"a fish, a barrel, and a smoking gun"
for 17 November 1997. Updated every WEEKDAY.
Ars Attacks


[while talking on the phone, do you not wonder what the other person is doing, that is besides talking to you?]

Hey, I've got an idea! Let's
build a museum!


We can put all sorts of cool
stuff in it, stuff we think is
really cool!


Frankie can design it. Jimmy can
paint the pictures. And Ricky
can make one of his big metal

But all the stuff in it has to
be, like, really cool.

Right. Like, in an important way.


All the flubdubbery about two

chic new warehouses for the

exquisitely useless has left

entirely untouched the question

of how (or whether) "high" art

functions in the public sphere

nowadays. People may be going to

museums in record numbers, but

the spectacle of throngs filing

mutely past Impressionist

masterpieces, herded by border

collies disguised as docents,

hardly paints a vital picture.


Indeed, if you believe the NEA's

report, entitled "American

Canvas," you may wonder why

Americans go to museums at all.

"If we look, we will find art

all around us," reads one

portion of the report, "in ...

quilts, knitting, rawhide

braiding, pie-crust designs,

dinner-table arrangements,

garden layouts," etc. The point

of the report is supposed to be

that Americans remain somehow

unconvinced that "elitist" art

is of use to them - and that the

NEA, therefore, must remain in

existence to reach out to them.

Yet the report also states we

attend more art-related events

than sporting events every year.

So which is it - do we want the

lady or the Tigers?


Maybe the confusion stems from

the that fact many folks don't

have much stomach for most

modern and contemporary art. But

then why build such

extravagantly eccentric temples?


[i am often caught typing away while on the phone - i know that i am listening, but my friends seem to think i am not paying attention to them.]

Which brings us to the new kids

in town. As the for the

structures themselves, they're

so postmodern they're

postrecent; to begin with, the

materials out of which the new

museums are made overtly violate

all modernist notions of form

following function. The new

Getty is built out of

preposterously pricey Italian

travertine (US$1,000 per square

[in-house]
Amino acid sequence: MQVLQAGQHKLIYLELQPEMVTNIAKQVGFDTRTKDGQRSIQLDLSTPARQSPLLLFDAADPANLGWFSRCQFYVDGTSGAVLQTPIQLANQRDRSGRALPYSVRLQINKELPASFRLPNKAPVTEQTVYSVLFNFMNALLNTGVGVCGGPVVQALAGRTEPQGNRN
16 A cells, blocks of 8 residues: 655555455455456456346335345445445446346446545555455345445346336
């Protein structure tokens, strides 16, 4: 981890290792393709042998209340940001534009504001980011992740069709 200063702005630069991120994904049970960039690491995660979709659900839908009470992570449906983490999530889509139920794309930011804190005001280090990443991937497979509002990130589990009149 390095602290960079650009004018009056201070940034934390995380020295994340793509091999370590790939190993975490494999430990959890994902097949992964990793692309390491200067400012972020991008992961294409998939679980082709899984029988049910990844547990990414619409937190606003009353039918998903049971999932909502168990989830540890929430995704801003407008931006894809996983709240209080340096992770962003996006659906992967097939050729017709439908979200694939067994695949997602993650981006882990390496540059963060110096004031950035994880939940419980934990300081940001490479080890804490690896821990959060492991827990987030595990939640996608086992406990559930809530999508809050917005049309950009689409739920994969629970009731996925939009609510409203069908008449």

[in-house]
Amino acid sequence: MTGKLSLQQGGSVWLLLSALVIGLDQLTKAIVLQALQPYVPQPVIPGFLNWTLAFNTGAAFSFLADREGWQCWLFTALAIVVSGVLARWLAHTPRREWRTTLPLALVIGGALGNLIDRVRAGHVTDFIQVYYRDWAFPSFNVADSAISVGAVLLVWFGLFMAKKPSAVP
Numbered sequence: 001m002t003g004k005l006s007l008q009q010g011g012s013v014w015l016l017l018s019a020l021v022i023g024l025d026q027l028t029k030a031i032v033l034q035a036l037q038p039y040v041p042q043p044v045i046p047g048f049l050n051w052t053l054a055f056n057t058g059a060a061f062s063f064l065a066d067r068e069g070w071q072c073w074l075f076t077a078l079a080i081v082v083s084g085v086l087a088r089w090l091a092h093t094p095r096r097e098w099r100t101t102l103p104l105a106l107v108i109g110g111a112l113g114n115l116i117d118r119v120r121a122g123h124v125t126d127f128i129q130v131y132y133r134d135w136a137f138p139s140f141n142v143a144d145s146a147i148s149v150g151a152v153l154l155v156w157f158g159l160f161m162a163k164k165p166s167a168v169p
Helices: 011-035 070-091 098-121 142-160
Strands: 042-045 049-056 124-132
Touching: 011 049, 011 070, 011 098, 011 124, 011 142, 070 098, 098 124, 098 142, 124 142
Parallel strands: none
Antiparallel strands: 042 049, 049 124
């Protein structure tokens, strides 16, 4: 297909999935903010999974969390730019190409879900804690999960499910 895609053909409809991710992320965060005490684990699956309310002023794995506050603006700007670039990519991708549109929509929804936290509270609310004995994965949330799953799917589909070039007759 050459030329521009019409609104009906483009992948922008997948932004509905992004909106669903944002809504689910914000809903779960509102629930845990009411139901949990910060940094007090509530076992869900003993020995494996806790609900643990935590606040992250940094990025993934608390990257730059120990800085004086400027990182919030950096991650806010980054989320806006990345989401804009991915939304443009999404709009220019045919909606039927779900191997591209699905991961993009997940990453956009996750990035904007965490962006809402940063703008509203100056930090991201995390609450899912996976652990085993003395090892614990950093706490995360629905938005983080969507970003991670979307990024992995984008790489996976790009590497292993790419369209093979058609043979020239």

foot), while the Guggenheim in

Bilbao is made out the

absurdly expensive titanium,

which the Russians seem to have

dumped at bargain-basement

prices in order to scare up a

little cash for Red Kamels and

Big Macs. This isn't form

following function, it's

materials making a milkshake out

of modernity.


Then there's the fact that many

museums and galleries today are

filled with anxious objects that

don't even know if they're art

or not. While this doesn't apply

to the stuffy old collections at

the Getty many curators

and critics are smitten

these days with the tropes of

failure and the pathetic. This

is all well and good - it means

more pageviews for us, after all

- but it probably means the

average museum-goer leaves

feeling the only art she's seen

is the building itself, with

the installations and

wall-hangings just so many

admonishments to keep quiet and



[which leads me to wonder about the times when i really am not paying attention to them ... like when they cll me at 8:30am on a Saturday and i am still sleeping, or, err, whatever else you do in bed on a Saturday morning ... ]

We don't much care where we get

our culture - or even much what

it is - but after long days in

our cubicles, we do long to

mingle with each other, to

experience some vague semblance

of togetherness. So despite the

objections to the big

blockbuster shows in recent

years, the problem isn't that

museums are now malls. This

seems at once inescapable and

also not entirely undesirable in

an era in which the whole notion of

third spaces has been either

largely discarded or left to

real-estate poachers and

impervious cover cultists. The

problem is that we can't run,

shout, or munch cookies, and

there aren't any blacklight

posters in the gift shop.


Instead of heckling, arguing

with, or hounding artists out of

town, we consume their art

passively, by listening to their

curatorial intermediaries on

headsets and overpriced tours.

And as for contemporary art, it

is (in Andreas Huyssen's words)

"delivered to the museum in the

manner of in-time production,"

the better to feed our

insatiable desire for new,

exotic things to look at. Worse,

the interpretive framework

offered at the really big shows

is invariably intimate and

personal, psychologizing to a

fault the idiosyncracies of

historical context.


[i know for sure that i have been the sole source of bathroom entertainment for some of my friends, i mean, can't they find a magazine to read?  i vote for hearing the typing rather than the tinkling any day ... ]

As Komar and Melamid have shown

with their extensive polling

data, an art whose "democracy"

resides only in such personalism

is usually terrible art. If

there's anything we should

understand by now, it's that art

is a public, impersonal creation

intended to provoke not merely

intimate personal experience,

but also voluble give-and-take.

Cultural memory doesn't mean

much - even if it is stored in a

lovely holding facility - unless

it transcends the logic of the


mass media. What makes us

experts? We've got America's

most wanted painting right next

to our Dilbert wall calendar.

courtesy of the LeTeXan